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Authors: Ann Halam

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BOOK: Snakehead
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“You bet we will.”

Palikari closed his eyes.

“I’ll sit with him for a while,” said the boss. “You go back to that shining girl of yours. See if you can convince her she’s not dead yet.”

Koukla had gone to bed; the lamps were out. My mother, Anthe and Andromeda were in the dining room, in firelight by the great hearth. It was the dark before dawn, a chill hour even at midsummer. Anthe had changed into clean clothes and was combing out her wet hair. Moumi had made some sage tea. Andromeda was looking tired and shaken, but strangely calm. They were telling her about the harsh underbelly of the truce: the mines worked by kidnapped children, the brutal soldiers preying on villagers. Moumi poured me some tea. I sat holding the bowl, breathing fragrant steam.

“What kind of metal is it, in the mines?” asked Andromeda. “Is it gold?”

“No, mostly the new black metal,” said my mother. “Serifos is rotten with it.”

“Oh yes, I’ve heard of that. It’s very important. So Serifos is rich?”

is rich.” Anthe dragged her comb viciously, and glowered into the red smolder of the fire. “Not the rest of us. He plays his Mainland friends off against each other, keeps the wealth and we’re supposed to be grateful. The people see him as a necessary evil. They call our boss ‘Papa Dicty.’ They look up to him, they
him, but they accept the usurper. The boss himself, you heard him, half believes that Polydectes has the right to rule. Because gentleness is out of fashion. Because kindness and reason are signs of weakness!”

“There’s something else you should know, Andromeda,” added Moumi. “Polydectes wants me for his wife. He hasn’t been able to touch me: I’m his brother’s adopted daughter. But now that Perseus is a man, he feels he has to challenge my son, and claim me. I think that’s why Palikari was set upon. The king wants
to break the truce, because that would be a triumph over his brother. But he’s getting impatient.”

I’m not a man, I thought. Not really. I’m not anything like ready.

Andromeda nodded. “I see. Impatient.”

Then no one spoke. The princess, who had not yet
looked at me, seemed to gaze inward, as if looking at her own death, the fate she freely accepted. “Why didn’t your mother try to save you?” whispered Anthe.

“Anthe!” murmured my mother.

“No,” said Andromeda. “It’s all right, I don’t mind. She couldn’t say no, Anthe. She came to Haifa, she married my father, Kephus, knowing what she’d have to accept.”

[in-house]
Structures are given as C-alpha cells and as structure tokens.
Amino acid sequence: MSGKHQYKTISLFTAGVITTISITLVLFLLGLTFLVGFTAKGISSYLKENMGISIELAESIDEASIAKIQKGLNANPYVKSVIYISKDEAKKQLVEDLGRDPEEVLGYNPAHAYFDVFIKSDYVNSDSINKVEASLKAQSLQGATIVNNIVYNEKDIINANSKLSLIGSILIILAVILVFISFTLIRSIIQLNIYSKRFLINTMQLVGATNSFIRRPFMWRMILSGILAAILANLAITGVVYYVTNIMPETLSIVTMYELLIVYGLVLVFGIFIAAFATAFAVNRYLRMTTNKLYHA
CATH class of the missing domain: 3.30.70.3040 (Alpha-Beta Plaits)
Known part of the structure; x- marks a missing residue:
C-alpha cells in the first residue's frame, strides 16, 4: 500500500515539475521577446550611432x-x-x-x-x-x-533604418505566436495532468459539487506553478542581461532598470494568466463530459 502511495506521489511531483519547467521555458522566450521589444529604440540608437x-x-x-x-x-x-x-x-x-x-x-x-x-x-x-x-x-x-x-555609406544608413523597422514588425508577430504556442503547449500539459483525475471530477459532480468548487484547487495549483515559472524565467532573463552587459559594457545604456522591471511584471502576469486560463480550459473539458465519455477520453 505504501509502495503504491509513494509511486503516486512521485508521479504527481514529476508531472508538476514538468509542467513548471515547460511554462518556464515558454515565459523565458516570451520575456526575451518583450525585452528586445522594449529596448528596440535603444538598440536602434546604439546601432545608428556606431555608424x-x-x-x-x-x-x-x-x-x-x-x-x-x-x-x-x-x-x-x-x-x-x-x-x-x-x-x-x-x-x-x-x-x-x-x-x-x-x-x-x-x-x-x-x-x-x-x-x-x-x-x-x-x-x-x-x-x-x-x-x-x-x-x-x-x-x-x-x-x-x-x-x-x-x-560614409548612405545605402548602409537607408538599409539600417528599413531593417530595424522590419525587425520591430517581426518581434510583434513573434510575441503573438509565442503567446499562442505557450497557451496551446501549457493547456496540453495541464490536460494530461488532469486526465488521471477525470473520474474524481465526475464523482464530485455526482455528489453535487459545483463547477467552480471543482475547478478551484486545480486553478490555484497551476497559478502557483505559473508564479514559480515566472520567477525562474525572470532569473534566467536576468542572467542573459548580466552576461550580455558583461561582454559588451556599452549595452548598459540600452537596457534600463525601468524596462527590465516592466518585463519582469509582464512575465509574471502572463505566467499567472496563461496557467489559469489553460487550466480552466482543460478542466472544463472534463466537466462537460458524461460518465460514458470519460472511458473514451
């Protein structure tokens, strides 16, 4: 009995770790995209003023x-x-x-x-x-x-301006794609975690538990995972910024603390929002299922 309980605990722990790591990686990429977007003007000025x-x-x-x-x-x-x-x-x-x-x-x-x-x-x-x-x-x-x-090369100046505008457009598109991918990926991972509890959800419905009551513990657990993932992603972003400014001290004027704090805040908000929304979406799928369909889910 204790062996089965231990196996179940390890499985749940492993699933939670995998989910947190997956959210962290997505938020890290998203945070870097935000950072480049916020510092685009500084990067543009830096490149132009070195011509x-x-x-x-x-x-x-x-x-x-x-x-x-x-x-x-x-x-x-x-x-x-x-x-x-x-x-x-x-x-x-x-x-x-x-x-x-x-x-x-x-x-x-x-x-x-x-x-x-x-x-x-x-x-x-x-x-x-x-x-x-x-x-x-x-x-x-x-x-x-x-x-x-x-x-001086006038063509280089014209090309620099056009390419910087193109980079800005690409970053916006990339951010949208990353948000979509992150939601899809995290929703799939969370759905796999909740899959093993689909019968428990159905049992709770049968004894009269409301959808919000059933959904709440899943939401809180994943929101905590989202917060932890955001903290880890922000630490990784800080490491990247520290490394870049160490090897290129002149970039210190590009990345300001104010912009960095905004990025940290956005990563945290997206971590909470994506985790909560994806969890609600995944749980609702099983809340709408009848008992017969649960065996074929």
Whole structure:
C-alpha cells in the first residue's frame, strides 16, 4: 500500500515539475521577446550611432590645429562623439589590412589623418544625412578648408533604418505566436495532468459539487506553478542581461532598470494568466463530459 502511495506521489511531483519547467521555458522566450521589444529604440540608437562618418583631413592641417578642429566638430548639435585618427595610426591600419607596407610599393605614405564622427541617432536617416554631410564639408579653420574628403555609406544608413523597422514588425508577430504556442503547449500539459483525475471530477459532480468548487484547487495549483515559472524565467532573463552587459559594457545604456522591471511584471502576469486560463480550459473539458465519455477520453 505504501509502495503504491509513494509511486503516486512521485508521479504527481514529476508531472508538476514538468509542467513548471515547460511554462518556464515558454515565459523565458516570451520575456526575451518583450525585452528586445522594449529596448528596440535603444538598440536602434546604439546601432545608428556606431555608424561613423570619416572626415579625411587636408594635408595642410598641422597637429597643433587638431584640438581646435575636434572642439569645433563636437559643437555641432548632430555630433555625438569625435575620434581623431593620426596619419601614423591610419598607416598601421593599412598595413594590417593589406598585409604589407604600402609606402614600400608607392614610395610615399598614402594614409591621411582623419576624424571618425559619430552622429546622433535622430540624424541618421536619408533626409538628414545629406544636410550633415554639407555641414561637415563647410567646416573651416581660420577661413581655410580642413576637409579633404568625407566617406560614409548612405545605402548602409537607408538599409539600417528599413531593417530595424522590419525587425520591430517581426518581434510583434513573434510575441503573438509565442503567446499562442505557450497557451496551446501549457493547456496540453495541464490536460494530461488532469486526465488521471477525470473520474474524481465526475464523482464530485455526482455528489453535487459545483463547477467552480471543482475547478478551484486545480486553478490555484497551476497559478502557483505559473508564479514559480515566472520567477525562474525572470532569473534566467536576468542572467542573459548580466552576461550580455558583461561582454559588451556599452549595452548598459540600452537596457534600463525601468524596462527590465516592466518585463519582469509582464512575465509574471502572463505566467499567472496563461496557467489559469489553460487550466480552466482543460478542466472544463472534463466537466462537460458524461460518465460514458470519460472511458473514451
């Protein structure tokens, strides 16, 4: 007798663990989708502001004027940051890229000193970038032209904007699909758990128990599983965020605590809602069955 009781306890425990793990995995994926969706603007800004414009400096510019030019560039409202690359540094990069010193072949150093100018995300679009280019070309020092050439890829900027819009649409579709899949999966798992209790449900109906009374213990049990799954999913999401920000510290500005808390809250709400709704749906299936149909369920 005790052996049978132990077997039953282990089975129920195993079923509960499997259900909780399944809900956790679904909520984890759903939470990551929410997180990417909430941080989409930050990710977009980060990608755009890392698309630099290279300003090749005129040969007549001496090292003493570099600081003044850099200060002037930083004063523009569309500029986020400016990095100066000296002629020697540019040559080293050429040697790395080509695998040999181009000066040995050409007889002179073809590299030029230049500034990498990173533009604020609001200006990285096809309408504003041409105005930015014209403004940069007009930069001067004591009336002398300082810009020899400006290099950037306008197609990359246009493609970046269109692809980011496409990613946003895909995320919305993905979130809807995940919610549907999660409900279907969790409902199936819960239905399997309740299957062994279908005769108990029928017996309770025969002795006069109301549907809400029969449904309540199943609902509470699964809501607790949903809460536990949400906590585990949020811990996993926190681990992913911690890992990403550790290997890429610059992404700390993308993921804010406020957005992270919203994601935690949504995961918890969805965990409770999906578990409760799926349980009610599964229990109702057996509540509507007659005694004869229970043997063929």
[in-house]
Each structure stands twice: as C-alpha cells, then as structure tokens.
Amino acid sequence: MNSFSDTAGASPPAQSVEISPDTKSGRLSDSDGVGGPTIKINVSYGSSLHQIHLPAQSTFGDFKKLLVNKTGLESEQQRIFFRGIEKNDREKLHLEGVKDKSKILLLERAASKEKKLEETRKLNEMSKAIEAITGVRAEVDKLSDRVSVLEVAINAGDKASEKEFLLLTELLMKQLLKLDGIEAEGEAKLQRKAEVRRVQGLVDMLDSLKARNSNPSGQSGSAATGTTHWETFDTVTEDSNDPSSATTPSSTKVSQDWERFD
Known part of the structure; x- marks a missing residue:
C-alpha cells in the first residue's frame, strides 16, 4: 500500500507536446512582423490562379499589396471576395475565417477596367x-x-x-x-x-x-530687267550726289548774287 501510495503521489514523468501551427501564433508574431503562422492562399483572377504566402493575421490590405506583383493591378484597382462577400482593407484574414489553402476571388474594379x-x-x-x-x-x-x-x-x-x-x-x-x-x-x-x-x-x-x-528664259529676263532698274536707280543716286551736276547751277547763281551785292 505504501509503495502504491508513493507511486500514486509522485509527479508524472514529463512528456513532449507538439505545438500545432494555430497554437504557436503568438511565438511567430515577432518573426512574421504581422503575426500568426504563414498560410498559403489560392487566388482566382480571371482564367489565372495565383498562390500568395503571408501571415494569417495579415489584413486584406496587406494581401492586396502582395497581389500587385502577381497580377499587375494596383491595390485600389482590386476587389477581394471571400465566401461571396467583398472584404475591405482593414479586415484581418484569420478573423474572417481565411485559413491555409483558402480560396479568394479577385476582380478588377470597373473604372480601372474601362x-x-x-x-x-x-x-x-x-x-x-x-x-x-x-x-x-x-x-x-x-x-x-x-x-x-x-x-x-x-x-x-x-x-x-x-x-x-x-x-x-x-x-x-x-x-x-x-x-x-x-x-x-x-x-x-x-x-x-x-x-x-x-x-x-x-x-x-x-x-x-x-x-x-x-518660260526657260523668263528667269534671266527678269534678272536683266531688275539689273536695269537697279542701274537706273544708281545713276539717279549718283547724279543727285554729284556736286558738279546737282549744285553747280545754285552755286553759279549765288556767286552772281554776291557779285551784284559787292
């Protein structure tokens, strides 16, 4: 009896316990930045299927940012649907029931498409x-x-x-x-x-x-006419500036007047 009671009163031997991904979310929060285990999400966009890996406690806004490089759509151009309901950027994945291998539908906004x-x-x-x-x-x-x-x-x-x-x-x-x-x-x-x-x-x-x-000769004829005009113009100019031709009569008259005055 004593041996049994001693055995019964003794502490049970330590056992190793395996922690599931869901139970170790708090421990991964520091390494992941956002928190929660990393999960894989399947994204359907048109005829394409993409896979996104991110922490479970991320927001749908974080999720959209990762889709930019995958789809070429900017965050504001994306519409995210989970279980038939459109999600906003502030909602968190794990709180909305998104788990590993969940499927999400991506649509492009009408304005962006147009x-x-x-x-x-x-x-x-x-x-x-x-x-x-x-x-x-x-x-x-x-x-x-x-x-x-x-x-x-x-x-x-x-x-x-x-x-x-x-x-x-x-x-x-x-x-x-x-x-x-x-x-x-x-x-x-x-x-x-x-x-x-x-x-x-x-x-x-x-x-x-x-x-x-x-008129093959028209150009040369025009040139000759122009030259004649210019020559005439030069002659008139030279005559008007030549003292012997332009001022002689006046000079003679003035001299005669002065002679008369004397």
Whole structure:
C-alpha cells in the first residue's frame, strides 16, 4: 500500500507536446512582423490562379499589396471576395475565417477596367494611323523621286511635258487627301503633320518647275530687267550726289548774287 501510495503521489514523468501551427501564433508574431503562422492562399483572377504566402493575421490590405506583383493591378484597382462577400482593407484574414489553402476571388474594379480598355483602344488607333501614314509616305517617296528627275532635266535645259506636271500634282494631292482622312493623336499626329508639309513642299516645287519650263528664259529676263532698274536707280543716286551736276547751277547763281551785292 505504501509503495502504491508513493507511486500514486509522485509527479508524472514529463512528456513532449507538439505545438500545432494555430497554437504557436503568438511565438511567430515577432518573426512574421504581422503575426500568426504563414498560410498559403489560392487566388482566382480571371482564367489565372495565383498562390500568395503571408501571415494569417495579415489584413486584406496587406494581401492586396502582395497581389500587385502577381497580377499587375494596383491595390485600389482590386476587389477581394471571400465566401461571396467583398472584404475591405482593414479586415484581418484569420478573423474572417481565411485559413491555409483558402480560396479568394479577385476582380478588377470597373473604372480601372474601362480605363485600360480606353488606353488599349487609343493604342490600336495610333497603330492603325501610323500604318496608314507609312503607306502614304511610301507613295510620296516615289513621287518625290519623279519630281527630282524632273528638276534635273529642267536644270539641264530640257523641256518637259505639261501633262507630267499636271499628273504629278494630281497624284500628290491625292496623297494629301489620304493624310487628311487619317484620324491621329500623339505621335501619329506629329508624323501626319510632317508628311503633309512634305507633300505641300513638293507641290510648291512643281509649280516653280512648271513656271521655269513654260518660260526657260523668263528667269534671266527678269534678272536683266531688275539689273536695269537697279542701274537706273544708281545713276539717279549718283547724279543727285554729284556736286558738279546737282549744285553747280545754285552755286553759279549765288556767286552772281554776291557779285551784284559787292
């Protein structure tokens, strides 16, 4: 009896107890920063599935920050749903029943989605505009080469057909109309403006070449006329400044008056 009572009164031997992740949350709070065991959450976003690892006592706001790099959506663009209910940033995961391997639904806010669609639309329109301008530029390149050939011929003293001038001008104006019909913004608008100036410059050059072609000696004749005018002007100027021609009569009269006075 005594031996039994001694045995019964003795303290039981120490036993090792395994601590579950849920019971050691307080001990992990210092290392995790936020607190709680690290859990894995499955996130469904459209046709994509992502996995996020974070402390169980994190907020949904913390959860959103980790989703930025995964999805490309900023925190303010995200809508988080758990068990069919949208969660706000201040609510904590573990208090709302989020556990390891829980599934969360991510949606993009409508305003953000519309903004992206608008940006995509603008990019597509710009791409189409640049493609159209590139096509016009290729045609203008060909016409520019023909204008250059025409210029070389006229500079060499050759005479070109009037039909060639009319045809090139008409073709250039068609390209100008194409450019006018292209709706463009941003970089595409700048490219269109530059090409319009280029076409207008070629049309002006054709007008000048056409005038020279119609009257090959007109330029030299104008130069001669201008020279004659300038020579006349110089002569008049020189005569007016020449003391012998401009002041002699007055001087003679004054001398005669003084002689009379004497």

“The child sacrifices,” said Moumi.


In the terrible times, right after the Great Disaster, hideous things had been committed in our Turning Islands, and in the palaces of Kriti. The legacy of those nightmare years was still with us, making cruelty and rule by force acceptable. What the Phoenicians did was something else, something worse. They practiced child sacrifice, not just on rare occasions but regularly, without shame.

They’d always done it. It was a scandal we’d heard about even on Serifos. But the Phoenician cities were extremely rich and extremely powerful. And Cassiopeia was a great queen.

“She knew it was horrible, and she let it continue,” said Andromeda. “To keep her power. How could she refuse, when they told her it was her turn?”

The wall paintings were rising out of the night, their faded colors woken by the gray dawn. The caïque had been for Andromeda, I realized, not for us. The boss had known who she was, and he’d been afraid the king would
take her and send her back to Haifa, for some kind of reward.

“Do you think there are people searching for you?”

Andromeda shrugged. “I suppose so. I made it look as if I’d gone south, into Africa. My nurse, who helped me get away, comes from the desert. She’s back with her family; she should be safe from retribution. I took a ship to the west. When I was doing it, I thought I had everything planned, but I didn’t. I didn’t think about what my mother would do when she found I was gone. I just ran. Then I met the refugees in Naxos. They couldn’t have known me; they were from a country on the edge of the quake zone, far from the city. I paid their fares with gold, not because I was generous, but because I was scared and ashamed…. I suppose the shipowner may have given me away. I paid him with so much gold. He didn’t know who I was then, but he must have realized by now. It was his agent who told Papa Dicty the rumor that Andromeda had escaped.”